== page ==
Posted by: Loren Coleman on November 21st, 2010
Of course, Adam Davies didn’t write his book…
Extreme Expedition: Travel Adventures Stalking the World’s Mystery Animals while sitting on his bum in merely old Britain. He won’t have called his book “Extreme Expeditions” if he felt he only needed to take his vacations in the south of France. Is it any surprise that Adam has more “extreme news” to share?
Extreme Expeditions author and cryptozoologist Adam Davies, the head of the Mande-Burung Expedition to India, has just returned.
He sends this along.
I only got back home from India last night, so I have very little idea what has been happening in the world. Of course, I know about Prince William-that was the first thing I heard when I got back to Delhi! Anyway, I have updated my little blog with a short update on the expedition. I’m too goosed today to do much more – and I have to get ready to go back to the day job tomorrow. Please feel free to use it if you wish to post an expedition update.Adam Davies
Therefore, here’s Adam’s first report:
I’m back from India.
I just arrived home a few hours ago. As you no doubt appreciate, I am a tired tonight, but I had an amazing time, and felt that I, and the rest of the team, met with some great success. I will post more detail about the expedition over the next few weeks, but here are some headlines.
I am convinced the Mande-Burung [MB] exists.
Dave Archer found what appears to be an MB footprint, at a site where an eyewitness confirmed he had seen the creature. He and John McGowan, went on to find a trail of them.
I found an MB footprint in Nokrek national Park. What I found particularly interesting about this one, was that you could see a boulder in the stream which had been tossed aside, followed by some debris of a freshwater crab. The locals had told me on previous occasions that the MB was fond of eating these particular types of crab. Whilst I can’t be certain it was an MB print, the size and shape were certainly consistent with eyewitness reports. The casting at site failed due to the very wet conditions.
We collected a number of very consistent eyewitness reports, which described a large black bipedal ape, which built ground nests and ate bamboo.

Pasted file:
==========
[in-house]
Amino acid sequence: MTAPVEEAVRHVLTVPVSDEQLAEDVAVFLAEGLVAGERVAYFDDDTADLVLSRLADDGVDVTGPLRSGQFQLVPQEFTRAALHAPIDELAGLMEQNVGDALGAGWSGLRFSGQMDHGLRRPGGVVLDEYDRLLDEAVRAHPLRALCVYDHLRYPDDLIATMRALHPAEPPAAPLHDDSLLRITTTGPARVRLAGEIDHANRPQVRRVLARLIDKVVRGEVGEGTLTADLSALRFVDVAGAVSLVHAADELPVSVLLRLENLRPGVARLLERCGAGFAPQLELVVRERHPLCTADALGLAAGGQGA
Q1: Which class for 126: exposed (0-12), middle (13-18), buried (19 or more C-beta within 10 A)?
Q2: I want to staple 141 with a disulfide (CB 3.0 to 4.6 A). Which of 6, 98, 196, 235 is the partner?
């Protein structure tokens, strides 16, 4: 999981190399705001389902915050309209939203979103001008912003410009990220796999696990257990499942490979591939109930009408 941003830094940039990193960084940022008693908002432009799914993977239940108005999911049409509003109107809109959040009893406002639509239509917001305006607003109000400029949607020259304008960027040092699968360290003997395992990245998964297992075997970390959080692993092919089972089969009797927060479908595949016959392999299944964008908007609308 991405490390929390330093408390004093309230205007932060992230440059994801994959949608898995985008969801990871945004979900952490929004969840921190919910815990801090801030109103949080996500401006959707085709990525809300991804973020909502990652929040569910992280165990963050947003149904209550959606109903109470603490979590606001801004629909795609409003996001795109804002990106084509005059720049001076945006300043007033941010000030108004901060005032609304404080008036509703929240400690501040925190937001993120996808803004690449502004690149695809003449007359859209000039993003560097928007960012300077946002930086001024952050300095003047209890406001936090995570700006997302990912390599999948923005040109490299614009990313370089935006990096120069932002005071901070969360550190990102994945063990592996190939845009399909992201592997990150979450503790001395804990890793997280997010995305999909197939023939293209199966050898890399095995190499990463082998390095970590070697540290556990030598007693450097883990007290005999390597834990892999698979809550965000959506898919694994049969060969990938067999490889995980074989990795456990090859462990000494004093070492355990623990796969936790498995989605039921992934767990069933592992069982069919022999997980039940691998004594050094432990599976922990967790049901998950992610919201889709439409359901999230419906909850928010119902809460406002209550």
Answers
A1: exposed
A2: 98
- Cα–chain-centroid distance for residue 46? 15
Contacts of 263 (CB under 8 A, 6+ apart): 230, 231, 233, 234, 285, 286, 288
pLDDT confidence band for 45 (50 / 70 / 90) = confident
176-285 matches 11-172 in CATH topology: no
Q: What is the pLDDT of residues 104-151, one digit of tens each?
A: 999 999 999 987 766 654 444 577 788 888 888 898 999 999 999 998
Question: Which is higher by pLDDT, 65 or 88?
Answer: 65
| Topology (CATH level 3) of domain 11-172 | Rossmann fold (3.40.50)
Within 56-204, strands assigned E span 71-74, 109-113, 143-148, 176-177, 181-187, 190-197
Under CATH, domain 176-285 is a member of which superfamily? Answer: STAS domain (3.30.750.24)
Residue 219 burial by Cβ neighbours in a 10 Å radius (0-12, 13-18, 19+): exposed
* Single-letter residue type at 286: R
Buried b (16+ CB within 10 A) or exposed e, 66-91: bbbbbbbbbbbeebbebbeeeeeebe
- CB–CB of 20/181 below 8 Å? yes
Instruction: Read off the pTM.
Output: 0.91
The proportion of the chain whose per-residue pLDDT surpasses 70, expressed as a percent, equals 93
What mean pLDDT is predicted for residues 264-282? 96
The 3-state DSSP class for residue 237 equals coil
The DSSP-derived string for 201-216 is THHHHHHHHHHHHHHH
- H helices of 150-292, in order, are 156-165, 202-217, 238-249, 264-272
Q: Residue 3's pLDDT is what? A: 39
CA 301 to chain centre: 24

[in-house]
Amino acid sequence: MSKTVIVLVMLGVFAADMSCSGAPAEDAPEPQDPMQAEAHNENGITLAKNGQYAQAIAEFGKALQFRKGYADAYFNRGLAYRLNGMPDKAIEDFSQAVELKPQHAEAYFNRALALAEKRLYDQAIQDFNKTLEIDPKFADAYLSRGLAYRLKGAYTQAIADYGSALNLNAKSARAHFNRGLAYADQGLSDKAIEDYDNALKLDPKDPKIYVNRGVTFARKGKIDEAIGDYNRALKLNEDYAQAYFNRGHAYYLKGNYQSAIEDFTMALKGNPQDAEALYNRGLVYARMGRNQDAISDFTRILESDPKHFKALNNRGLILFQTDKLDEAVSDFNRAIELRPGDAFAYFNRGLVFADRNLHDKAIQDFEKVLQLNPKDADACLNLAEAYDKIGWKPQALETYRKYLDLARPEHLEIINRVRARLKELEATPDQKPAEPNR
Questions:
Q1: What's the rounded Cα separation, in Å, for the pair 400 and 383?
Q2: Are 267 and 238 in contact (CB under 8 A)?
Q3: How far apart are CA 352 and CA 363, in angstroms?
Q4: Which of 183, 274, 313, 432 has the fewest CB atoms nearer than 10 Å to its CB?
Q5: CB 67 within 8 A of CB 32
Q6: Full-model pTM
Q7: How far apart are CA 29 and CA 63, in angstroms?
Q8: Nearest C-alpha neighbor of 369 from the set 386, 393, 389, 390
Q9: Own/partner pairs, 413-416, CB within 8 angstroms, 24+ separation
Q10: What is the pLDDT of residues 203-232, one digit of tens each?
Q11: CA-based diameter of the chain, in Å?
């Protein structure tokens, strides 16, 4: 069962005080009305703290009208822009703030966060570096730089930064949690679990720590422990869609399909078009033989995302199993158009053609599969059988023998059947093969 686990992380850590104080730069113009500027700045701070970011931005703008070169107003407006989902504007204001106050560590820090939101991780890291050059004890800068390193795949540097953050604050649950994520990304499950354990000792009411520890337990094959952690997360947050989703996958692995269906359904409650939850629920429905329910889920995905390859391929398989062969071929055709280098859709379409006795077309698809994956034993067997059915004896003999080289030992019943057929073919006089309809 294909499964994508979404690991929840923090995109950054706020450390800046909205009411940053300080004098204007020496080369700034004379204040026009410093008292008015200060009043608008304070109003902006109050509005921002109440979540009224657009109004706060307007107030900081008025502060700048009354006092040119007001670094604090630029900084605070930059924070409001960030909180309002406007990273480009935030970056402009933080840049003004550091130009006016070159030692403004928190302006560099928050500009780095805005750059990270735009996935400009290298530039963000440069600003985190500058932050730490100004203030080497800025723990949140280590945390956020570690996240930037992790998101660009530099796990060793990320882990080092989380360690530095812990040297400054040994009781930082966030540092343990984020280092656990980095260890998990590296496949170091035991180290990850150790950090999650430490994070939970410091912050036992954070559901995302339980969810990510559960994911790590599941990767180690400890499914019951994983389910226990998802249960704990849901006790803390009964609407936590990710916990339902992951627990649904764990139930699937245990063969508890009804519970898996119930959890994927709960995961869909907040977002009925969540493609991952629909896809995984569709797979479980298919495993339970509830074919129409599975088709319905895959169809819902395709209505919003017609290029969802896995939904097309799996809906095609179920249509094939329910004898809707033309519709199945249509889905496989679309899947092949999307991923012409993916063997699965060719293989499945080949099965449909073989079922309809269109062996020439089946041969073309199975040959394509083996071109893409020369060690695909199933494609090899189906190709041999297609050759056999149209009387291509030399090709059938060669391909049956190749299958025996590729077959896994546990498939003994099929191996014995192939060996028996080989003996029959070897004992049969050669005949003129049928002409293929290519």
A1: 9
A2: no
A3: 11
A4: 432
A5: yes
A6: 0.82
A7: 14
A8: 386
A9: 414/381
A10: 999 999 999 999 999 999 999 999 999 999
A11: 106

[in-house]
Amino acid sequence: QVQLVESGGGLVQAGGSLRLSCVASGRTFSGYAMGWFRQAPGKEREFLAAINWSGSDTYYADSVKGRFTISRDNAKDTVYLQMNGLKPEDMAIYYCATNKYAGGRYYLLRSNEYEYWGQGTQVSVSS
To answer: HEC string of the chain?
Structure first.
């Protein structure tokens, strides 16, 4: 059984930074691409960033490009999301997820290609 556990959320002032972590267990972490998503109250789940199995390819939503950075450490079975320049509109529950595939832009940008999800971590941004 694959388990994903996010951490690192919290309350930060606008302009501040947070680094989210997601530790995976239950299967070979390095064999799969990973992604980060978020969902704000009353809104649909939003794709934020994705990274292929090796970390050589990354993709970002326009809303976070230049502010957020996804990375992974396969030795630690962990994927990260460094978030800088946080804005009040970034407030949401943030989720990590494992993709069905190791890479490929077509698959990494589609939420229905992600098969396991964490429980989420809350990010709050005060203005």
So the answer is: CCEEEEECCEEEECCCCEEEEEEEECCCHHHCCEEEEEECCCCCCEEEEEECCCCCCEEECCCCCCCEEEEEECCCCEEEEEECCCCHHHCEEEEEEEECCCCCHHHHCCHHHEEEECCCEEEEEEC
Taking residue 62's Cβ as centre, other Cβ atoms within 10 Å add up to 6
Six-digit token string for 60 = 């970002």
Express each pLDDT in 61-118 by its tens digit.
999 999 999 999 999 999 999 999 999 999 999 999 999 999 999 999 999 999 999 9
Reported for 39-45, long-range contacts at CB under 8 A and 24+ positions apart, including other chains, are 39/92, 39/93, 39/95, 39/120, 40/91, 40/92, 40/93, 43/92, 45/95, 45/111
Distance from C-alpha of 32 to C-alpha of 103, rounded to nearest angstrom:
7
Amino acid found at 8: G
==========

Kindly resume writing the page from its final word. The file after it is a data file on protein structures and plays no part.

Nothing on the camera traps so far, but we haven’t finished going through them all yet.
We have collected hair and bone samples which just MAY come from the MB, but of course we need to test them.
Quite by chance, and very significantly indeed, John McGowan may well have discovered a completely new species. I can’t say anything more about this though, until he has conducted a thorough analysis.
The area has some amazing, vast, and largely untraversed, jungle. Beautiful. The perfect place for a relic Gigantopithecus…Adam Davies
An artist’s impression of the Mande Burung.
Loren Coleman is one of the world’s leading cryptozoologists, some say “the” leading living cryptozoologist. Certainly, he is acknowledged as the current living American researcher and writer who has most popularized cryptozoology in the late 20th and early 21st centuries. Starting his fieldwork and investigations in 1960, after traveling and trekking extensively in pursuit of cryptozoological mysteries, Coleman began writing to share his experiences in 1969. An honorary member of Ivan T. Sanderson’s Society for the Investigation of the Unexplained in the 1970s, Coleman has been bestowed with similar honorary memberships of the North Idaho College Cryptozoology Club in 1983, and in subsequent years, that of the British Columbia Scientific Cryptozoology Club, CryptoSafari International, and other international organizations. He was also a Life Member and Benefactor of the International Society of Cryptozoology (now-defunct). Loren Coleman’s daily blog, as a member of the Cryptomundo Team, served as an ongoing avenue of communication for the ever-growing body of cryptozoo news from 2005 through 2013. He returned as an infrequent contributor beginning Halloween week of 2015. Coleman is the founder in 2003, and current director of the International Cryptozoology Museum in Portland, Maine.